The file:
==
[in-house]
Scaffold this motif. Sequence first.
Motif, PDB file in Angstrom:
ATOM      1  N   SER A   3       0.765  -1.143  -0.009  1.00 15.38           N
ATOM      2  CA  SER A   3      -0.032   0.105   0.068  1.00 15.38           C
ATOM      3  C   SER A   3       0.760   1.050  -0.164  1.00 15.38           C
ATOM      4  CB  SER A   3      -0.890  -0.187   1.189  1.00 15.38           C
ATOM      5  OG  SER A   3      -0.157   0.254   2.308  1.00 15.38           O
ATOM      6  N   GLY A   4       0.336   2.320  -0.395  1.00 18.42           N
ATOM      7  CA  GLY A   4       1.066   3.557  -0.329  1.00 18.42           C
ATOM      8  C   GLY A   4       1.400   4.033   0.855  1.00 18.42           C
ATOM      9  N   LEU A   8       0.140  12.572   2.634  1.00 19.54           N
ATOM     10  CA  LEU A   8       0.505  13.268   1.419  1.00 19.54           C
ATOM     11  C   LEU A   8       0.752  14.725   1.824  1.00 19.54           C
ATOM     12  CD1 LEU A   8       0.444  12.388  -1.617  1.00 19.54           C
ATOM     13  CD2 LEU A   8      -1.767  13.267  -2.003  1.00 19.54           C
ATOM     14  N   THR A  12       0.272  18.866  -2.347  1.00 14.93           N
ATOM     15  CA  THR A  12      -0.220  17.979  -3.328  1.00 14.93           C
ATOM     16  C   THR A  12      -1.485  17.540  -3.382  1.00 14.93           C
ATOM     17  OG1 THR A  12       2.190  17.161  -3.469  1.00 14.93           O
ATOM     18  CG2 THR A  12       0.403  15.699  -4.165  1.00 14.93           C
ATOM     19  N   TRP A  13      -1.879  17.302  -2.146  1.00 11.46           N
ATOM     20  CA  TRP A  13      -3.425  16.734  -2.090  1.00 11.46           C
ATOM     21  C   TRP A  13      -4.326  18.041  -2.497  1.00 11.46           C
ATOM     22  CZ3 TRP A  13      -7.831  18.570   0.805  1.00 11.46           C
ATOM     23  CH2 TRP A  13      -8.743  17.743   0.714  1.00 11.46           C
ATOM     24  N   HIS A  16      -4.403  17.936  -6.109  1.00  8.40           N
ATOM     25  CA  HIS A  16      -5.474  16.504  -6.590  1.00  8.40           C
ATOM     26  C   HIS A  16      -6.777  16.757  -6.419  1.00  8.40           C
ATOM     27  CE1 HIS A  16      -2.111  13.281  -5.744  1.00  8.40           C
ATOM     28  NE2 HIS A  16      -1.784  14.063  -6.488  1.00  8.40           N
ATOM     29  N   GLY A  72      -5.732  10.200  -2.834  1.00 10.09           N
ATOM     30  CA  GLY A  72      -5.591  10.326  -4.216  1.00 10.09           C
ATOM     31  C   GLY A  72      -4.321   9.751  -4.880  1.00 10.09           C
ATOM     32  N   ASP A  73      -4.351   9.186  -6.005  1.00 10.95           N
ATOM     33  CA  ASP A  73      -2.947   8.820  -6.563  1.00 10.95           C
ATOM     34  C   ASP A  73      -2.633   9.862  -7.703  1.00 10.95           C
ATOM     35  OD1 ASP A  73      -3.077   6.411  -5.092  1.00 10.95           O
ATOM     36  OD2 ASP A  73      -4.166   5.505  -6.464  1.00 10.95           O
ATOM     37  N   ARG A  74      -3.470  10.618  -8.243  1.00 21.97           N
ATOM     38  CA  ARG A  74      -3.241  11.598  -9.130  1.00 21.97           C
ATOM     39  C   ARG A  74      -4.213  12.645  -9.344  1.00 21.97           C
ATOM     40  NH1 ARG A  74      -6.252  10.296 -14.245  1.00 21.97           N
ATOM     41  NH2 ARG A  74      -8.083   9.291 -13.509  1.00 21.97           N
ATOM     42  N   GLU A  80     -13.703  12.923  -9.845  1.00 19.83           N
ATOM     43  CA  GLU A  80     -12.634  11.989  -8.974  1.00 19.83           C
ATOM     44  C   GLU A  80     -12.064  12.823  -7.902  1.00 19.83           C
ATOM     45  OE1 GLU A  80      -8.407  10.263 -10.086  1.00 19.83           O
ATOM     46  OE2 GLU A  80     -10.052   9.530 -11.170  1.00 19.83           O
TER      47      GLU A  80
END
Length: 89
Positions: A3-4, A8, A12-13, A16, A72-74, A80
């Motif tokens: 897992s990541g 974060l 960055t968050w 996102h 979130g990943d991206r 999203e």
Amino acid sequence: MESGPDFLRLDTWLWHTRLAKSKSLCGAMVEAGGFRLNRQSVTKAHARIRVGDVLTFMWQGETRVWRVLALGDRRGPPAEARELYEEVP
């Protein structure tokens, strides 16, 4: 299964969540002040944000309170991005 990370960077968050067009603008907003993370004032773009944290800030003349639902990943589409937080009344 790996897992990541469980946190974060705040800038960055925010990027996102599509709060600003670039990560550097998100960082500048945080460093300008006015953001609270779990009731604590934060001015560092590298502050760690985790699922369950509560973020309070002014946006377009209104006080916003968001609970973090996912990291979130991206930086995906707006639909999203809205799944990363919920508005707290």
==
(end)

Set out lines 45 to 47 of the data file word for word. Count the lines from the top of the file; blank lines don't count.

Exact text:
ATOM     42  N   GLU A  80     -13.703  12.923  -9.845  1.00 19.83           N
ATOM     43  CA  GLU A  80     -12.634  11.989  -8.974  1.00 19.83           C
ATOM     44  C   GLU A  80     -12.064  12.823  -7.902  1.00 19.83           C